Flu Scan for Dec 16, 2015

H9N2 cases in China
Global flu update

H9N2 infects four children in China

China recently reported four H9N2 avian influenza detections, all in children. The cases were noted yesterday in a report in Chinese from Taiwan's health ministry that was translated and posted by FluTrackers, an infectious disease news message board.

Details of the cases also appeared yesterday in a weekly avian influenza update from Hong Kong's Centre for Health Protection (CHP). Both of the government sources cited China's National Health and Family Planning Commission.

All four of the H9N2 infections were mild. One involved a 4-year-old girl from Anhui province who visited a wet market. The other three case-patients, a 1-year-old girl, a 2-year-old boy, and a 15-year-old girl, were from Hunan province. No details were given about their possible exposure sources.

In a risk assessment earlier this year in the wake of an H9N2 detection in Bangladesh, the World Health Organization (WHO) said the virus doesn't seem to transmit easily among people and tends to cause a mild disease, making it a low public health risk. However, the strain is one deemed to have pandemic potential, and health officials have said it bears watching.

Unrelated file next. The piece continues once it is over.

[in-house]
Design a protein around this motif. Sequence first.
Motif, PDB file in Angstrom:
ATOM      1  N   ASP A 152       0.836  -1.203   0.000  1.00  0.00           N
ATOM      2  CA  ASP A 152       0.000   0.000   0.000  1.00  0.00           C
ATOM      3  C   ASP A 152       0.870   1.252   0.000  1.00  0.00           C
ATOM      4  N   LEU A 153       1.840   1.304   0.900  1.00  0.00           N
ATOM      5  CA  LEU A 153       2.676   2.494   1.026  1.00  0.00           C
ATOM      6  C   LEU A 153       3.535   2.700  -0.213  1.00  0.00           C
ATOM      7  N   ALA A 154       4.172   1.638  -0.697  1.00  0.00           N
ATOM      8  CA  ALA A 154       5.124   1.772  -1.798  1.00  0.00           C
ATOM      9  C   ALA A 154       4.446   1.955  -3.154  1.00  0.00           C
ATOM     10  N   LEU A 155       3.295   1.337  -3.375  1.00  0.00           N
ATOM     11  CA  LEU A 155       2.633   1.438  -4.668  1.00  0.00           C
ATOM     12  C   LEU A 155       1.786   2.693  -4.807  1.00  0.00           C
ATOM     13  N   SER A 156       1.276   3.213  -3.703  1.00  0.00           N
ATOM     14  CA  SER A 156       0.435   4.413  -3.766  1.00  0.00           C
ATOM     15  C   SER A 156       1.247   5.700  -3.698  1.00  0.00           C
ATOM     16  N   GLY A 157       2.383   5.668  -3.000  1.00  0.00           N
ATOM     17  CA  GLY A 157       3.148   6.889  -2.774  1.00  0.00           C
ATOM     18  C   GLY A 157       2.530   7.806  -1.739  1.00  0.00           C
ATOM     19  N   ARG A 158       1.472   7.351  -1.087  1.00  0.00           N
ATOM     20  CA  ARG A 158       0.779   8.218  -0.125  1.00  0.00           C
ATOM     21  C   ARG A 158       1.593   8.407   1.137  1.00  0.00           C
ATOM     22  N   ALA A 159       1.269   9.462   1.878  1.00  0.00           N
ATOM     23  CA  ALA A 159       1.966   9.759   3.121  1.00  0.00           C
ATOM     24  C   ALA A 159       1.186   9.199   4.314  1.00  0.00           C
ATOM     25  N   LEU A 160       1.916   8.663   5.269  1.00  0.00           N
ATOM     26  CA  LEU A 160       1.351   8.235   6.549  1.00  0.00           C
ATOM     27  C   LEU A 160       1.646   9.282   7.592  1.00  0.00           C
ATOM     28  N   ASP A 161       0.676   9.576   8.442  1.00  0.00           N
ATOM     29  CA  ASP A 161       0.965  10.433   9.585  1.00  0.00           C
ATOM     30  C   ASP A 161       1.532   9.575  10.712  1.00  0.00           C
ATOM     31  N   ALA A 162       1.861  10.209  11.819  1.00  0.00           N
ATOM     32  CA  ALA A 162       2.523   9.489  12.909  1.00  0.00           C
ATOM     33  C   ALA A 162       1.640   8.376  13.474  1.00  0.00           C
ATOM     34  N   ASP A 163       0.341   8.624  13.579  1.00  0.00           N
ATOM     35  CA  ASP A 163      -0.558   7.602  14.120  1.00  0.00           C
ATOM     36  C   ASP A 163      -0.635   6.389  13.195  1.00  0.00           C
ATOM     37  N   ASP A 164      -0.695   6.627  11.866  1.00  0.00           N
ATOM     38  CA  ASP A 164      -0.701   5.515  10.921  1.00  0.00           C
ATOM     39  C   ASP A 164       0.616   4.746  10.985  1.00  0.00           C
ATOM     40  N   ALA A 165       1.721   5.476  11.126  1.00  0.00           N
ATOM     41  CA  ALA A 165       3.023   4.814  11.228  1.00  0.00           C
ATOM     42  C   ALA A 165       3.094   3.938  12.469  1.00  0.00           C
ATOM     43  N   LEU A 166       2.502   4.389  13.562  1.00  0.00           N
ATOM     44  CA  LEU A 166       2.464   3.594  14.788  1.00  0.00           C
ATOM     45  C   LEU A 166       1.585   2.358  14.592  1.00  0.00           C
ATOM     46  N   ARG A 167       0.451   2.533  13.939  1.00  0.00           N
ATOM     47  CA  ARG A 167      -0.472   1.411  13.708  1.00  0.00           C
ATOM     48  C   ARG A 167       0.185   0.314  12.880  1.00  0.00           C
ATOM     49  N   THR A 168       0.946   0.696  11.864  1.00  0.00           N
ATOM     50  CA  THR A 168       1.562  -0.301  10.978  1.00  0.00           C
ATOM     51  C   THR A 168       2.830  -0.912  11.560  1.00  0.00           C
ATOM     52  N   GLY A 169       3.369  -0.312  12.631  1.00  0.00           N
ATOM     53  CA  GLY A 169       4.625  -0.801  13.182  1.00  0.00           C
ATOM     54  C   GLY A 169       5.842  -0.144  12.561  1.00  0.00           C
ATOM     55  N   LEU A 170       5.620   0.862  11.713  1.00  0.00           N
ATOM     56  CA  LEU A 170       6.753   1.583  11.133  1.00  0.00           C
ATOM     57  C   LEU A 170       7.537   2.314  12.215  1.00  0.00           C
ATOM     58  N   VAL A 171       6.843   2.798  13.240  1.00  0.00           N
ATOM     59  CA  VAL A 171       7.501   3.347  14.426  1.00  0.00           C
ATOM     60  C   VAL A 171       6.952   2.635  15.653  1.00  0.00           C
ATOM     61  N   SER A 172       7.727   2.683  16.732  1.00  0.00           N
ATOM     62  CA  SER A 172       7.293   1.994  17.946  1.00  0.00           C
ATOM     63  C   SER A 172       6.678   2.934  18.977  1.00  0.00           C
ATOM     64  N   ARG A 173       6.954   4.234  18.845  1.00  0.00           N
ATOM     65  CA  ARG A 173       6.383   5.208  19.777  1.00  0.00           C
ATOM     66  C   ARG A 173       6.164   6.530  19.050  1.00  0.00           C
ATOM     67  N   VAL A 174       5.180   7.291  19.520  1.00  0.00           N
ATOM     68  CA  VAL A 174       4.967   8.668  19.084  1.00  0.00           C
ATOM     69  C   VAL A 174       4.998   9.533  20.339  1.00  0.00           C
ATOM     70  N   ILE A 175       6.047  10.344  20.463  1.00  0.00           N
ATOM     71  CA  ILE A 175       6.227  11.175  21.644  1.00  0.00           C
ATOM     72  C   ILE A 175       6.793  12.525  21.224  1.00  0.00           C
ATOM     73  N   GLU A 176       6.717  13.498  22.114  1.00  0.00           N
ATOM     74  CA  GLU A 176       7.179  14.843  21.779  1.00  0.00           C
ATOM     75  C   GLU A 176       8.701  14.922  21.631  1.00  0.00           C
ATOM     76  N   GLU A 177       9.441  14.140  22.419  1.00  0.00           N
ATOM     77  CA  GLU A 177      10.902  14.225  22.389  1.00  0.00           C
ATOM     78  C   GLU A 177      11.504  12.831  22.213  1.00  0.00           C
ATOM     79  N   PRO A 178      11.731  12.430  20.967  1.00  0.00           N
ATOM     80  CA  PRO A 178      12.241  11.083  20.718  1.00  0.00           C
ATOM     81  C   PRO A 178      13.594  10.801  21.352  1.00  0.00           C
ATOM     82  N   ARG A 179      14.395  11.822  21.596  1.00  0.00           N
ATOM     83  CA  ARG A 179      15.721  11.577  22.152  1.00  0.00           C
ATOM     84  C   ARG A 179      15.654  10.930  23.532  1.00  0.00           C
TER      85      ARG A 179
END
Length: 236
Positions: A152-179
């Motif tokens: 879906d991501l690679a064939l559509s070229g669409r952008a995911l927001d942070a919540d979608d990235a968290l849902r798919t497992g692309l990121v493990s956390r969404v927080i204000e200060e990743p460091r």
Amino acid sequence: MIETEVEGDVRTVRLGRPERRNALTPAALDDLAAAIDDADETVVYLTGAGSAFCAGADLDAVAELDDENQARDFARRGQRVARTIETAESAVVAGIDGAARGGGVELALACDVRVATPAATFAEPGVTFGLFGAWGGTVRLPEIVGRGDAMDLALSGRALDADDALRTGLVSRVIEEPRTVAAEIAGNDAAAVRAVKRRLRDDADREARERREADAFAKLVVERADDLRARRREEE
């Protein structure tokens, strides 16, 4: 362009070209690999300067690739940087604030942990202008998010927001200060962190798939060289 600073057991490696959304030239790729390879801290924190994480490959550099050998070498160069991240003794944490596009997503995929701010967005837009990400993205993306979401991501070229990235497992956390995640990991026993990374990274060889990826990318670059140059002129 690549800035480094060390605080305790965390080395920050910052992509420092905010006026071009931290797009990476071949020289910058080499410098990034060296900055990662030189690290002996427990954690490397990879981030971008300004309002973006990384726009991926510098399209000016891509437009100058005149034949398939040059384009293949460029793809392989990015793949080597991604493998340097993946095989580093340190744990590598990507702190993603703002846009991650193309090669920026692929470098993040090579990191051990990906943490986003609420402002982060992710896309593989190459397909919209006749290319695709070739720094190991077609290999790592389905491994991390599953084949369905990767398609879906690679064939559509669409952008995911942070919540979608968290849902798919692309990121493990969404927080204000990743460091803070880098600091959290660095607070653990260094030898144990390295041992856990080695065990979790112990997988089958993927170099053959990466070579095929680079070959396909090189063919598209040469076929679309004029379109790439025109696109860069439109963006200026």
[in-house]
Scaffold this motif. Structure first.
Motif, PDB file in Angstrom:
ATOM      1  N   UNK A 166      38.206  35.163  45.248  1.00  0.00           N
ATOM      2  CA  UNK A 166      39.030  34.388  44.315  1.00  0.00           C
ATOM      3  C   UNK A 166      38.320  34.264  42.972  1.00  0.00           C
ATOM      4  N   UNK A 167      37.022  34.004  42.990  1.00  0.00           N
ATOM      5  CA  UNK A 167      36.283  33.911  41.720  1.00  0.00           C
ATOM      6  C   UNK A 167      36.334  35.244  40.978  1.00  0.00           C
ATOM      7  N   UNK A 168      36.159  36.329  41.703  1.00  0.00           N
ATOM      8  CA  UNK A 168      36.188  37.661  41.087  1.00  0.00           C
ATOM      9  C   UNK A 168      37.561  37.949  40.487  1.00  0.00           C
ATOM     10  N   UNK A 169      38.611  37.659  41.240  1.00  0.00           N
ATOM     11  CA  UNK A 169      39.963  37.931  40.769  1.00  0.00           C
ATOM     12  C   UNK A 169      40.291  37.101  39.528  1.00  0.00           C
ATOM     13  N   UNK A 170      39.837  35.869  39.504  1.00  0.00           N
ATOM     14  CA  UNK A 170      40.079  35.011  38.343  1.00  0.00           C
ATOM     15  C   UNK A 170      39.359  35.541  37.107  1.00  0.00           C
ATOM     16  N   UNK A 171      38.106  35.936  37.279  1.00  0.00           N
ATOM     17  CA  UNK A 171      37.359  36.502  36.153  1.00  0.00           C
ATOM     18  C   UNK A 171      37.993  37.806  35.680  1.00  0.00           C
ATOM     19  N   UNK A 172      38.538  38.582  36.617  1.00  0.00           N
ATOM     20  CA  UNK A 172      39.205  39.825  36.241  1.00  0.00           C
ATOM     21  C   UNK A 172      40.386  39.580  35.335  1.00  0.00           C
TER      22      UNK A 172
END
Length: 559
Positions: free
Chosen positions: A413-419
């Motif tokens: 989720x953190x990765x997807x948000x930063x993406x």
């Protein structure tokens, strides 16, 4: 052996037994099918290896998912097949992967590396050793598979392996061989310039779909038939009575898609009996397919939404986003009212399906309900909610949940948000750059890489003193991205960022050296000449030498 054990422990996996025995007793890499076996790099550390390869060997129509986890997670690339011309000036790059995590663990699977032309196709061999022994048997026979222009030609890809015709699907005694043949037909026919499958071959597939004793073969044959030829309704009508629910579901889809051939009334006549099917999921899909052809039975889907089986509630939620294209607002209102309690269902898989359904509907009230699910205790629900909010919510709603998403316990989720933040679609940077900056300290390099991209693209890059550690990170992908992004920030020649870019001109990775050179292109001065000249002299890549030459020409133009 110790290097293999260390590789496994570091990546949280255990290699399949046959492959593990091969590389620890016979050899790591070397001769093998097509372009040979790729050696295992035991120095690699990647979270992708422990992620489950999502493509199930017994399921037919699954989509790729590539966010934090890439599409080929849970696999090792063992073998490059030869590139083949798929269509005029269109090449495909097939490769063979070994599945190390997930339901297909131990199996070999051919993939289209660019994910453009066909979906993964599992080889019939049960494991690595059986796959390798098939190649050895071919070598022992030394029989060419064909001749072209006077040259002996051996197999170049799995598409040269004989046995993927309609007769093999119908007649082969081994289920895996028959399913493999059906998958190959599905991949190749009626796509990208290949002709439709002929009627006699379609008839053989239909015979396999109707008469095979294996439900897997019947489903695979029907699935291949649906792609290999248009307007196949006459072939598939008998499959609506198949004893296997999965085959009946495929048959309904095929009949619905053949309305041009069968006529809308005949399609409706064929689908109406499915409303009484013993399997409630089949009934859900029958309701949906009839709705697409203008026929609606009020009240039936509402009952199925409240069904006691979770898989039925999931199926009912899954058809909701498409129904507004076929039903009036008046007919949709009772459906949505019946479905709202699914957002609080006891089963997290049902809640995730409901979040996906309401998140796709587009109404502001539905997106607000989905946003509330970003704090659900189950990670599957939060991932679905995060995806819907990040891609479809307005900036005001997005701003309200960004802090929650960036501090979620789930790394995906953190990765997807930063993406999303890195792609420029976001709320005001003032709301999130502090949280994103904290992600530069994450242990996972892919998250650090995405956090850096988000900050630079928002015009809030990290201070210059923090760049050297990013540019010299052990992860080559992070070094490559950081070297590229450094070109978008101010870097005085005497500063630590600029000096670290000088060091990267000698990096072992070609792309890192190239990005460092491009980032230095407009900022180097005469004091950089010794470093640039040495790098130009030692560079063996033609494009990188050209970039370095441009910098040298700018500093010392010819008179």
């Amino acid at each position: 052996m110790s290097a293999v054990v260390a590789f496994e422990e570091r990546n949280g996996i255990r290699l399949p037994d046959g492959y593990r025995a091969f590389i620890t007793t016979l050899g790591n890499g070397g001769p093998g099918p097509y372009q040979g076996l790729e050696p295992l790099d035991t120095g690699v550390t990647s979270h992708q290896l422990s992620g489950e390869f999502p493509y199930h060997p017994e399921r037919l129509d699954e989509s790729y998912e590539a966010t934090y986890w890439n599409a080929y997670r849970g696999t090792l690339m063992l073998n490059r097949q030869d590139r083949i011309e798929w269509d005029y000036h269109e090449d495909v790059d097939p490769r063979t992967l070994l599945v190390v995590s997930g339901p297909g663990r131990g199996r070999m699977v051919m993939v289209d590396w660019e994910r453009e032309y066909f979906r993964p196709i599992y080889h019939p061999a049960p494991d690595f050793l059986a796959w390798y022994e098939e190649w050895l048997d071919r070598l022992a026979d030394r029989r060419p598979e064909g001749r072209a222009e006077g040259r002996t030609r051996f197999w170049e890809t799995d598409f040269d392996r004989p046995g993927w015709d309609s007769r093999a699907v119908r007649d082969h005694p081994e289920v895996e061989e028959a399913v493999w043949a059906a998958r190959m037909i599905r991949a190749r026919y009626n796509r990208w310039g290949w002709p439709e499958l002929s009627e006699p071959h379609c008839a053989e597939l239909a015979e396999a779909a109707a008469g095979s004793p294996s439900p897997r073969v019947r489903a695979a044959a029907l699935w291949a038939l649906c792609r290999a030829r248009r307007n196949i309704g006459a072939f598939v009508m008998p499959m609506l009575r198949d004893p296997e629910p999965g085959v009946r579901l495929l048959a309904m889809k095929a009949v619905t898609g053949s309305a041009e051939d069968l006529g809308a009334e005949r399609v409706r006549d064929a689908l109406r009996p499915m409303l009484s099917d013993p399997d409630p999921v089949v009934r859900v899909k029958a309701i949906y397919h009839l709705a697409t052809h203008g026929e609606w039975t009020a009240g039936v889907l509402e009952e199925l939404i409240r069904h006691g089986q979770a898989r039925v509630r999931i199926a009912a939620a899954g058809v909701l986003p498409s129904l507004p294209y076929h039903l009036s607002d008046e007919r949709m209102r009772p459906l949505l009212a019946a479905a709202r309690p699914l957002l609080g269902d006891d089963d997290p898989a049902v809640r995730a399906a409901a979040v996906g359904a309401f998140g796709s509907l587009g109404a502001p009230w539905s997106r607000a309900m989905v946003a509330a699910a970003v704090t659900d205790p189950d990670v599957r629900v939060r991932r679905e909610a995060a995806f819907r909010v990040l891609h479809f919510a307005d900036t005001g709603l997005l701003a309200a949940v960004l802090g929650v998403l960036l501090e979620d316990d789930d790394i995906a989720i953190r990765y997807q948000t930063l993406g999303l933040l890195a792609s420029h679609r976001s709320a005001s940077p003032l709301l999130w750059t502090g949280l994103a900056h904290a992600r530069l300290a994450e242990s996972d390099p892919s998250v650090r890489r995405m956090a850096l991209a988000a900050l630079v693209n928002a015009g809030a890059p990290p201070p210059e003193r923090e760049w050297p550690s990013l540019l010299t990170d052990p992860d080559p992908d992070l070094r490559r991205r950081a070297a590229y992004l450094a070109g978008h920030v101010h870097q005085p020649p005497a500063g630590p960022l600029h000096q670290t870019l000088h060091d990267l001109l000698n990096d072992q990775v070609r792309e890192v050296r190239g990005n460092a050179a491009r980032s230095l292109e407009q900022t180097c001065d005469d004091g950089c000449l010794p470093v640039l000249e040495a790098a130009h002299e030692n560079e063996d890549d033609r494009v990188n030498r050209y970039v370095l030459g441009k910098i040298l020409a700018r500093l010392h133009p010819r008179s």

Dec 15 CHP report
Dec 15 FluTrackers thread


Iran, Oman among the few global flu hot spots

The slow start to the Northern Hemisphere flu season continues in most countries, with low or sporadic activity reported in the United States and Canada and most of Europe still reporting interseasonal levels, except for the United Kingdom and Norway, which are reporting low levels, the WHO said yesterday in its global update.

About the only hot spots are Oman, which is reporting an increasing mix of 2009 H1N1 and influenza B detections, and Iran, where the 2009 H1N1 virus is predominating.

Elsewhere, Sri Lanka is reporting increased flu activity, as are Central American locations Nicaragua and Costa Rica and Kazakhstan in central Asia.

At the global level as of Nov 29, 72% of specimens tested were influenza A and 28% were influenza B. Of the subtyped influenza A viruses, 57.3% were H3N2 and 42.7 were 2009 H1N1.
Dec 14 WHO global flu update


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